Media Centre – IARC News


Long-term opium use in Iran associated with higher risk of premature death


Opium use and mortality in Golestan Cohort Study: prospective cohort study of 50 000 adults in Iran
H Khademi, R Malekzadeh, A Pourshams, E Jafari, R Salahi, S Semnani, B Abaie, F Islami, S Nasseri-Moghaddam, A Etemadi, G Byrnes, C C Abnet, S M Dawsey, N E Day, P D Pharoah, P Boffetta, P Brennan, F Kamangar.
BMJ 2012; 344 doi: 10.1136/bmj.e2502

Read article at the BMJ website

Lyon, France – Long-term opium use, even at moderately low levels, is associated with increased risks of several causes of death, according to a study of more than 50 000 adults in Iran, published today in the British Medical Journal (BMJ). Approximately one in six of the study participants were long-term opium users, and they experienced a near doubling in risk of premature death overall compared with never users; the risk was greater among women than men. This increased risk was present for several major causes of death, including death from circulatory disorders and cancer, and for both smoking and ingestion of opium.

In 2008, an estimated 22 million people worldwide used opium or its derivatives as illicit drugs, and these results indicate that long-term ‘recreational’ opium users might be at a substantially increased risk of premature death.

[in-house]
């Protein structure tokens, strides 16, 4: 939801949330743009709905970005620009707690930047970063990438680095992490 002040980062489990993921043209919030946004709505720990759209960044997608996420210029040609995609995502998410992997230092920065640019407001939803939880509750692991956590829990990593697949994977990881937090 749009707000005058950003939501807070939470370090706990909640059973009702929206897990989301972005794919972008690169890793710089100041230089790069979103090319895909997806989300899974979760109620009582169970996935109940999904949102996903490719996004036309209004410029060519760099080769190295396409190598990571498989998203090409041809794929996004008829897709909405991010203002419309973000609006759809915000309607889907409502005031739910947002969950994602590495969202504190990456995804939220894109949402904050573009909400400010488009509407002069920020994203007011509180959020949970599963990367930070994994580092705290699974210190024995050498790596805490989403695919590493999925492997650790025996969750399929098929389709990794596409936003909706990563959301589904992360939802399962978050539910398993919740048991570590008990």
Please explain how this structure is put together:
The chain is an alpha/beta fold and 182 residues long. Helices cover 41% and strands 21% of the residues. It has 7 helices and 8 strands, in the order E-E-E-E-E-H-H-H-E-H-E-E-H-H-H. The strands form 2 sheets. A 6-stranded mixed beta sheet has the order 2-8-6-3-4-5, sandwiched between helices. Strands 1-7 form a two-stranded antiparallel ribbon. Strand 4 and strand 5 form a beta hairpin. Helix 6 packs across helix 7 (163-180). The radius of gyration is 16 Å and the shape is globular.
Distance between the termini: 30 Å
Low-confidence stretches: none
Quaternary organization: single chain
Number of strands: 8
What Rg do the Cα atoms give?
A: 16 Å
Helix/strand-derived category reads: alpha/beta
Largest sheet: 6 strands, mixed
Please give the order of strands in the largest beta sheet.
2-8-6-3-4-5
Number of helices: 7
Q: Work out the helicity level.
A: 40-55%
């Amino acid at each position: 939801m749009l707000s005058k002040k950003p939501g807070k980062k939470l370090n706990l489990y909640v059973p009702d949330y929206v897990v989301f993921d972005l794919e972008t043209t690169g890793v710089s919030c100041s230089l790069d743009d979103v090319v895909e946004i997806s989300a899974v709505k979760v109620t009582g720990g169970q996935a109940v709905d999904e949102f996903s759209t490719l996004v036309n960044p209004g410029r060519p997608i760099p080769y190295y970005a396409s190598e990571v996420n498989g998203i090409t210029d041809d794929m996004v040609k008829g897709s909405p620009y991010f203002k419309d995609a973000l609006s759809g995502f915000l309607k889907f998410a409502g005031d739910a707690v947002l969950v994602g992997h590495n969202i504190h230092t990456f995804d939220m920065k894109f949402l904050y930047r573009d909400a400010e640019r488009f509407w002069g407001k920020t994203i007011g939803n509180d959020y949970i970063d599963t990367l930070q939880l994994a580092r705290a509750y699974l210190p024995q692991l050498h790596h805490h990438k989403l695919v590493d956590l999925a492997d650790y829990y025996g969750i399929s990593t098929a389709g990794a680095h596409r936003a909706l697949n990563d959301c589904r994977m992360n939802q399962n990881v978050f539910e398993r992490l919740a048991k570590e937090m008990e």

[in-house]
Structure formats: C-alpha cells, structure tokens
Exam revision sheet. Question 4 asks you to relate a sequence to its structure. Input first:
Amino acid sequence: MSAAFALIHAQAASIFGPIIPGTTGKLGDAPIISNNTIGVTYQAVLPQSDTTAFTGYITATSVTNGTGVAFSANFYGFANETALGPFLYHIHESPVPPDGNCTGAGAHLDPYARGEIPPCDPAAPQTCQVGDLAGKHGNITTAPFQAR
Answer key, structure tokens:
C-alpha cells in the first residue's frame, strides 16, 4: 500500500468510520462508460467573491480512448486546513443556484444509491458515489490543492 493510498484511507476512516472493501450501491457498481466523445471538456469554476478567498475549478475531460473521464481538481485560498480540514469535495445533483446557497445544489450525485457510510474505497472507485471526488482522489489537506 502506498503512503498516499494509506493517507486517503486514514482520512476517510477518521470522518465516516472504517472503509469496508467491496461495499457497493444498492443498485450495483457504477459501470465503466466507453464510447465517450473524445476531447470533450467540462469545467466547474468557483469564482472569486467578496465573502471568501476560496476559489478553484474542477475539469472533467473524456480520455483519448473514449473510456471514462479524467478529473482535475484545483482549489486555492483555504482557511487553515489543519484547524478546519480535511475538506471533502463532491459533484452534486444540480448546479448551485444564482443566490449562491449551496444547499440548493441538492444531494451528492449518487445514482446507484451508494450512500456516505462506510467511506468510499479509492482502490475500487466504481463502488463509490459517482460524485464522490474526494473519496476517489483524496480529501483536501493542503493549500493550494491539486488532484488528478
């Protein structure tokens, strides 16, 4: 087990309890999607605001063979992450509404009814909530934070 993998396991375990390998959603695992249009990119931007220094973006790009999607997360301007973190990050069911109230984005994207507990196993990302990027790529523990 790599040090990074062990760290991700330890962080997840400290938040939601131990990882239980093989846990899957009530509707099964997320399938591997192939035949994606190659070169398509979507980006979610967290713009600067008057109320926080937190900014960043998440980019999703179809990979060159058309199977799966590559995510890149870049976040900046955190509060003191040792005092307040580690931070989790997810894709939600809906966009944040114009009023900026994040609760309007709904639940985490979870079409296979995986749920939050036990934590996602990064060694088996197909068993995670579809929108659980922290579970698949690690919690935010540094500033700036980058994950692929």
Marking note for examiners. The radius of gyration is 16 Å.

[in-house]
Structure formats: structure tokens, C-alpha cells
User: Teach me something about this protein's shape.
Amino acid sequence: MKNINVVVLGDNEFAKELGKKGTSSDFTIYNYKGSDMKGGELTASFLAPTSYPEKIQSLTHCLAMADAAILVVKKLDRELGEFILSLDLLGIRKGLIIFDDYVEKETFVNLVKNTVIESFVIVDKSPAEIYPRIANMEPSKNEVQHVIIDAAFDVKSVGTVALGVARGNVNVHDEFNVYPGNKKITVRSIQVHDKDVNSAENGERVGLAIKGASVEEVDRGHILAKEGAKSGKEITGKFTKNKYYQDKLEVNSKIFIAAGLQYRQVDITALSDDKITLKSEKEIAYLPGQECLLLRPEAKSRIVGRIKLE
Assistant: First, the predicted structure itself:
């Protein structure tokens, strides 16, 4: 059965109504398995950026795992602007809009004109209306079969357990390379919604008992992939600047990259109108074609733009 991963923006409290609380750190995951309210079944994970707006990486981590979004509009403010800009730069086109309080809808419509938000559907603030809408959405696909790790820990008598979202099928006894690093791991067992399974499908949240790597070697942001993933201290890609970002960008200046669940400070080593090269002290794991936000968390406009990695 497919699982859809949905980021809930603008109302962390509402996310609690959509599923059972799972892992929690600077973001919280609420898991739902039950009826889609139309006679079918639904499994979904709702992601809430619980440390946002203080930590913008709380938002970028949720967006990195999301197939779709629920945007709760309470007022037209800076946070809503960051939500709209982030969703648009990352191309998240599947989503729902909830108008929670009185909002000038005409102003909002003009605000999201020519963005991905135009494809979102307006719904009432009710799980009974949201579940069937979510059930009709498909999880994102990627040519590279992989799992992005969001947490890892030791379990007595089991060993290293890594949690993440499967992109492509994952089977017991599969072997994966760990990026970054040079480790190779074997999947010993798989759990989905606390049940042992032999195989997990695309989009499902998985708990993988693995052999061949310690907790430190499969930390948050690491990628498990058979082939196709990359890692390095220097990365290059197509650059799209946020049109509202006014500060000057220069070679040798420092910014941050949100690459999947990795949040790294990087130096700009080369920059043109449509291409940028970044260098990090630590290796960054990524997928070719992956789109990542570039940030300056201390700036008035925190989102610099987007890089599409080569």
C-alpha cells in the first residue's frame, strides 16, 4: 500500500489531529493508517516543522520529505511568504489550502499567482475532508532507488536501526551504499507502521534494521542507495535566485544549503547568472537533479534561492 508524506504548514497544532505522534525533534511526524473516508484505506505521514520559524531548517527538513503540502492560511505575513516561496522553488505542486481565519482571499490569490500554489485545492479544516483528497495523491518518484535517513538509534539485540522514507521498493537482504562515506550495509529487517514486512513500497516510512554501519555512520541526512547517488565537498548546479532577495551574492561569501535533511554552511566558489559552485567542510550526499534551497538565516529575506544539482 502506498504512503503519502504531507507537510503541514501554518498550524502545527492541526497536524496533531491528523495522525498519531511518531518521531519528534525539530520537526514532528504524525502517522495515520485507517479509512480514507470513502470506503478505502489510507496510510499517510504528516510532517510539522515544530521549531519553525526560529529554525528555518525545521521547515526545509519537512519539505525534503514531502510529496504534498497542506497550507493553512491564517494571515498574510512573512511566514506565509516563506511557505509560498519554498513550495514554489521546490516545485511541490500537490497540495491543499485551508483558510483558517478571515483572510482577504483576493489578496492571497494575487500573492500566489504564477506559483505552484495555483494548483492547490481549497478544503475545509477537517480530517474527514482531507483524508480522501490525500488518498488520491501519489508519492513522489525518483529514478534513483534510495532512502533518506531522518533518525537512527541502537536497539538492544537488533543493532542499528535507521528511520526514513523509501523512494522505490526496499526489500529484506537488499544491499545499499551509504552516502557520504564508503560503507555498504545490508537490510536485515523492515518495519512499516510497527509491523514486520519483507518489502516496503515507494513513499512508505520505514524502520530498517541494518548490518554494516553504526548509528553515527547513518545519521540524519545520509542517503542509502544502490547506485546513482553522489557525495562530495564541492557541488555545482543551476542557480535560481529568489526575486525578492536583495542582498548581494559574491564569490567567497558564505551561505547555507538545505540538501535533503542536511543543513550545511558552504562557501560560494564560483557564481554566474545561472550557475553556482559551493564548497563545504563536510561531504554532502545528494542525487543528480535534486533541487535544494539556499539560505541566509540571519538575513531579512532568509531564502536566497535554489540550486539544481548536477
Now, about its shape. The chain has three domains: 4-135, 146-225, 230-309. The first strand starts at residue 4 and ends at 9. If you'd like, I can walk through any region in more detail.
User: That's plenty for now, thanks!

“The strength of this study is that it was conducted in a population where long-term opium use at relatively low levels is common”, commented Dr Paul Brennan, from the International Agency for Research on Cancer. “By following up this population and determining who died, we were able to provide strong support that long-term recreational use of opium even in relatively low doses is harmful for many different diseases”.

This prospective cohort study, the largest of its kind ever conducted in the Eastern Mediterranean, was initially established to investigate the causes of oesophageal cancer in north-eastern Iran, where the incidence of this cancer is extremely high. The results are from the Golestan Cohort Study, a collaboration between the Digestive Disease Research Centre (DDRC, Tehran, Iran), the International Agency for Research on Cancer (IARC, Lyon, France) and the US National Cancer Institute (NCI), with additional funding from Cancer Research UK (CRUK). The study group recruited 50 000 individuals, aged 40-75 years, in Golestan Province in the north-east of Iran between 2004 and 2008. For this analysis, participants were followed until 2011.

Dr Hooman Khademi, the lead author of the current study, commented on the results: “Several experimental animal studies and a number of retrospective case-control studies had previously suggested detrimental health effects of exogenous opioids, such as morphine, but the present study is the first large-scale prospective study that corroborates those hazardous effects in humans.” This study however only covers so-called recreational use of opium, by smoking or ingestion, and no inference can be drawn from it on potential deleterious effects of therapeutic or palliative use of opioid derivatives in management of chronic disease – including cancer pain.